Matt Cain signed a new deal worth 112.5 million over five years, which means one thing.That ruins the drama of the rest of the exhibition schedule.Cains new deal will average 22.5M per year, well within the parameters of every logical guess on how this would end. Cain knew his value, the Giants knew his value, the agents and the players union knew his value thus obviating the need for all the panic and freakery going on about the deal.There was no hometown discount, which we knew. There was no gouging, which he could have done by coming in at Cliff Lee money. There was very little posturing, in fact. In all ways, this was a lousy contract negotiation for our purposes. Gentlemen and gentlewomen met, they argued a bit, and then they hit the number that was supposed to be hit, given all the numbers that have been hit around them.Now all he has to do is not lose 15 mph on his fastball, or tinker with his delivery every off-season, or be asked to be (the new hellish buzzphrase) the face of the franchise.All Cain has to do is pitch as he has be in the top 10 in innings pitches, pitches thrown, and all the other metrics that show workload and effectiveness.In other words, all he has to do is be him. Thats not as easy as it seems, to be sure, given the bar he has already set, but because baseball contracts have long been about non-baseball things like projecting the future, preventing competitors for bidding, etc., he got what he deserved considering the conditions that prevail.And the Giants got what they needed as well. Without Cain, their entire roster-building strategy would have been shot. Theyd have been a team built on pitching without enough pitching, and a team trying to fake it with their hitting not even managing that.In other words, theyd be the Pittsburgh Pirates a bad team in a good yard. And there are always great seats available in Pittsburgh.So it goes. Wed all congratulate all involved, but since none of the rest of us are getting a taste, we really dont care all that much. But a brief tip othe top to them for reaching the only logical conclusion where nobody looks greedy or stupid or shortsighted a rarity in this day and age.Now lets get down to the business we all know best, and let me be the first -- to wit:When is Cain going to earn his money and win the Lady Byng Trophy? Why cant he lead the NBA in scoring? And why can he not get over the top at the Country Music Awards? God in heaven, when does his contract expire? Hes killing the franchise!Ray Ratto is a columnist for CSNBayArea.com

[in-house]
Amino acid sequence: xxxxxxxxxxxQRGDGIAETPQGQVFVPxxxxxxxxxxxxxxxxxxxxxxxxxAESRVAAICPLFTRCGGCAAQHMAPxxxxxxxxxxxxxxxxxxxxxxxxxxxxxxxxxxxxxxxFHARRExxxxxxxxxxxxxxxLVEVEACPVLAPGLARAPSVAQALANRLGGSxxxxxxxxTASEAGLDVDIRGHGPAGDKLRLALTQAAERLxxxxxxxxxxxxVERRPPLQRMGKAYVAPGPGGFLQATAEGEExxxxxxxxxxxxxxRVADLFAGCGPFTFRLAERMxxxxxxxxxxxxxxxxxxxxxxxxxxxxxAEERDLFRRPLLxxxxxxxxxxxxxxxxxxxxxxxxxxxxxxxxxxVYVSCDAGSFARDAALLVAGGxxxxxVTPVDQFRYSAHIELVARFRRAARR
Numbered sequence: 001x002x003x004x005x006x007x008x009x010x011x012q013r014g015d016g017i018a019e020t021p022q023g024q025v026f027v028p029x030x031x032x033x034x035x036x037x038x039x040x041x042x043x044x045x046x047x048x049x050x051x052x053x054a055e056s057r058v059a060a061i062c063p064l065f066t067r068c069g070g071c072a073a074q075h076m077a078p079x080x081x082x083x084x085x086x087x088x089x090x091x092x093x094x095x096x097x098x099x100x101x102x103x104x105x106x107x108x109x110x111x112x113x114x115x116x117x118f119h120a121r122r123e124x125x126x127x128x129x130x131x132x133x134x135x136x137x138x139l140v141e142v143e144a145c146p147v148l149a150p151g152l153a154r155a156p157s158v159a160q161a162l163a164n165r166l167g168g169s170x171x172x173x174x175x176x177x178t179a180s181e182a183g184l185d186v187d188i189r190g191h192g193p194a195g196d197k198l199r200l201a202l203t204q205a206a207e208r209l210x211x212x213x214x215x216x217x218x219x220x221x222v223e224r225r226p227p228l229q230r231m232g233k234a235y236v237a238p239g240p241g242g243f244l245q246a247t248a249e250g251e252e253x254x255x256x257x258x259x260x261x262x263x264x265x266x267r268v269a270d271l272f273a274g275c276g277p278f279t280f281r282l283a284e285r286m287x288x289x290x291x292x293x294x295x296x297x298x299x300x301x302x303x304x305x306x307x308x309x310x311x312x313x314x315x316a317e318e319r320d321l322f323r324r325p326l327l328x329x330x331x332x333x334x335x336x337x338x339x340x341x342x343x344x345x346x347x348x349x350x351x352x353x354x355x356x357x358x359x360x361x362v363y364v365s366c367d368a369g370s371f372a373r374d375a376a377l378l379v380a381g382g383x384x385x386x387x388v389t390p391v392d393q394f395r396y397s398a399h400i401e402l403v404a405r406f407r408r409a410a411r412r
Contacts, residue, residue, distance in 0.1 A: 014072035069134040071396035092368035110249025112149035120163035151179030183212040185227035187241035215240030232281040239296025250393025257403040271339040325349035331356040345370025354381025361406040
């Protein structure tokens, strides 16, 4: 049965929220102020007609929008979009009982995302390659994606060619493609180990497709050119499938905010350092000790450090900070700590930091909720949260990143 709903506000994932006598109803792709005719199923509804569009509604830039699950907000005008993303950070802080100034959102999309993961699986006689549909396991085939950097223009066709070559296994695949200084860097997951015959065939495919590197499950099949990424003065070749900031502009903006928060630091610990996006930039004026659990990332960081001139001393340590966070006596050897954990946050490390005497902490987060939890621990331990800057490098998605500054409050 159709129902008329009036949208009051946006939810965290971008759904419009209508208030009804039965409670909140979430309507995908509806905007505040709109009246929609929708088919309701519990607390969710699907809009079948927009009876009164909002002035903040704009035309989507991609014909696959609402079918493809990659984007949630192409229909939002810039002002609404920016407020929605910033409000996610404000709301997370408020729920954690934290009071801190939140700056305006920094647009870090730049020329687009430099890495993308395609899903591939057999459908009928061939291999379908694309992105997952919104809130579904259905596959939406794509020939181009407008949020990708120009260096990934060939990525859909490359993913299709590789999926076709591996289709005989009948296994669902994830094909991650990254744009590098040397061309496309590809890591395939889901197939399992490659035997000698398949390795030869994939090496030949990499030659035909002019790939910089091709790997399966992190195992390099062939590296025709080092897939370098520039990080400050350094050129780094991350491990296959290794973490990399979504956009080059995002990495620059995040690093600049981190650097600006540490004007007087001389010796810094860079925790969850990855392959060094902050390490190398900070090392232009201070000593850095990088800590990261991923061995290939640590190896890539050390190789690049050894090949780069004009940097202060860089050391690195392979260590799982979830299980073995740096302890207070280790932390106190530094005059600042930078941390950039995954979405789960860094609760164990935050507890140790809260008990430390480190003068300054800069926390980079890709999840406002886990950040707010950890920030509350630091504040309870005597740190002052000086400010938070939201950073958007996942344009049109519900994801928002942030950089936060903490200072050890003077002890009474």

World Series ace Jon Lester is all set to start Game 1 for the Chicago Cubs.
Lester will be fully rested when he pitches Tuesday night at Cleveland. Corey Kluber will start for the Indians.
The 32-year-old lefty is 2-0 in three starts during this postseason, with wins over the Giants and Dodgers in the NL playoffs. He was 19-5 during the regular season.
Lester is 3-0 in three starts in the World Series with a sparkling 0.43 ERA. He helped the Boston Red Sox win championships in 2007 and 2013.
Cubs manager Joe Maddon says Lester is "really, really in the moment" right now.
Indians ace Corey Kluber will start Game 1 of the World Series against the Chicago Cubs.
Manager Terry Francona said Sunday that he will go with Kluber, an 18-ame winner during the regular season, in the opener on Tuesday night. The right-hander is 2-1 with a 0.98 ERA in his first postseason.
Francona has right-handers Trevor Bauer and Josh Tomlin penciled in for Games 2 and 3, respectively. The order could change depending on how Bauer's injured right pinkie heals over the next few days.
Bauer's start in the AL Championship Series lasted less than one inning after his pinkie began bleeding against Toronto. He injured his finger when he sliced it open while repairing a drone.
Also, injured starter Danny Salazar could be available against the Cubs. Salazar hasn't pitched since Sept. 9 because of forearm tightness but he's made major progress in the past week and could be on the World Series roster.
Two quick runs off the best pitcher on the planet on Saturday night afforded the Cubs exactly what they needed to snap a 71-year-old drought.
Already confident after consecutive offensive outbursts in the previous two games, a two-run first inning against Clayton Kershaw had Cubs hitters in a positive frame of mind.
They rode the surprising rally and a dominant performance by Kyle Hendricks to a 5-0 victory over the Los Angeles Dodgers at Wrigley Field in Game 6 of the National League Championship Series. The win earned the Cubs their first NL pennant since 1945 and on Tuesday night they’ll seek their first World Series title since 1908 when they face the Cleveland Indians in Game 1.
“It’s huge for the confidence, the positive momentum from LA, to carry over back home,” left fielder Ben Zobrist said. “Those were the biggest moments in the game early on to help everybody keep pushing and that we got this thing -- that we’re in charge of the game early. That’s a huge momentum builder.”
The Cubs did a little bit of everything in the first inning against Kershaw, who dominated them for seven scoreless frames in a 1-0 Dodgers victory in Game 2 on Sunday night. Some hitters took a more aggressive approach against the three-time NL Cy Young winner while others remained patient. The one constant throughout the 30-pitch frame was that Cubs hitters took advantage whenever Kershaw made a mistake.
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